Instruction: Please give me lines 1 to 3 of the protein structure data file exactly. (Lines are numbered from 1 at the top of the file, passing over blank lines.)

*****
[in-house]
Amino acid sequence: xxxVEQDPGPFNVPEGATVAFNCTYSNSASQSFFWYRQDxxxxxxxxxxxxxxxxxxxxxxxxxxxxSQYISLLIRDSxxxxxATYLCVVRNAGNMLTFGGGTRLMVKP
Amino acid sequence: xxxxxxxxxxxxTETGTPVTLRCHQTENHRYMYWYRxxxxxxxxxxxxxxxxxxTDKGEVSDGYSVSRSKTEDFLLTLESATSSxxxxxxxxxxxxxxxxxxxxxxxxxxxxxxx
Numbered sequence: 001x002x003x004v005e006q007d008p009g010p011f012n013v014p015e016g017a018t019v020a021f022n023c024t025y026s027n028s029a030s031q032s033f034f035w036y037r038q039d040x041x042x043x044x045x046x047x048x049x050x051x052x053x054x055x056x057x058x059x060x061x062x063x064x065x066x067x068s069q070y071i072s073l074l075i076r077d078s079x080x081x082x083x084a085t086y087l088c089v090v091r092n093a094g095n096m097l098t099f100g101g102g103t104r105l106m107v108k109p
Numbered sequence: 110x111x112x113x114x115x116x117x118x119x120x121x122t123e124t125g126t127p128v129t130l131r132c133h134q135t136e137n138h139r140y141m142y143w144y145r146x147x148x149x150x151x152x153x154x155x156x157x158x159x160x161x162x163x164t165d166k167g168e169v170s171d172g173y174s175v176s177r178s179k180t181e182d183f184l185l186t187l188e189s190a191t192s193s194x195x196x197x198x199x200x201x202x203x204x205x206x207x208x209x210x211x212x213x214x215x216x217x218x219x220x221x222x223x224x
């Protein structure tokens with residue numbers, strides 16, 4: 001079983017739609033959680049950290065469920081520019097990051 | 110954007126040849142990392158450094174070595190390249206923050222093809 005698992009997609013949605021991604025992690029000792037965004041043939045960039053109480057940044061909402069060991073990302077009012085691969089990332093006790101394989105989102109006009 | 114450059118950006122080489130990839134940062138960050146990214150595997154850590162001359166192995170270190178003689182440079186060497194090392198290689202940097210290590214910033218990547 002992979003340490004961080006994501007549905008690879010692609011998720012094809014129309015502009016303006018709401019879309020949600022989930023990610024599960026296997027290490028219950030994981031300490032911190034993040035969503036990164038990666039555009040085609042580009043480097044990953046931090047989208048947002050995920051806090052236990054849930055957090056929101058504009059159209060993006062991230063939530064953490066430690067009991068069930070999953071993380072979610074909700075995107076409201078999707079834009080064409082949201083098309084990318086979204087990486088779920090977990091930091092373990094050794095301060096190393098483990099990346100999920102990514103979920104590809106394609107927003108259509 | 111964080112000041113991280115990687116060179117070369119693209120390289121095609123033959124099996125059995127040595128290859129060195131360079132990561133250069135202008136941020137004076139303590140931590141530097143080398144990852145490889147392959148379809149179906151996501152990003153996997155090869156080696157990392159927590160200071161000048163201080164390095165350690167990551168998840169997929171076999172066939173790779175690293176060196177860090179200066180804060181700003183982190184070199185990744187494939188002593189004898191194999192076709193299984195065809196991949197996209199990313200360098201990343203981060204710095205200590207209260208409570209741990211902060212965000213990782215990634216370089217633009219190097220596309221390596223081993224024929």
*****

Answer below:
[in-house]
Amino acid sequence: xxxVEQDPGPFNVPEGATVAFNCTYSNSASQSFFWYRQDxxxxxxxxxxxxxxxxxxxxxxxxxxxxSQYISLLIRDSxxxxxATYLCVVRNAGNMLTFGGGTRLMVKP
Amino acid sequence: xxxxxxxxxxxxTETGTPVTLRCHQTENHRYMYWYRxxxxxxxxxxxxxxxxxxTDKGEVSDGYSVSRSKTEDFLLTLESATSSxxxxxxxxxxxxxxxxxxxxxxxxxxxxxxx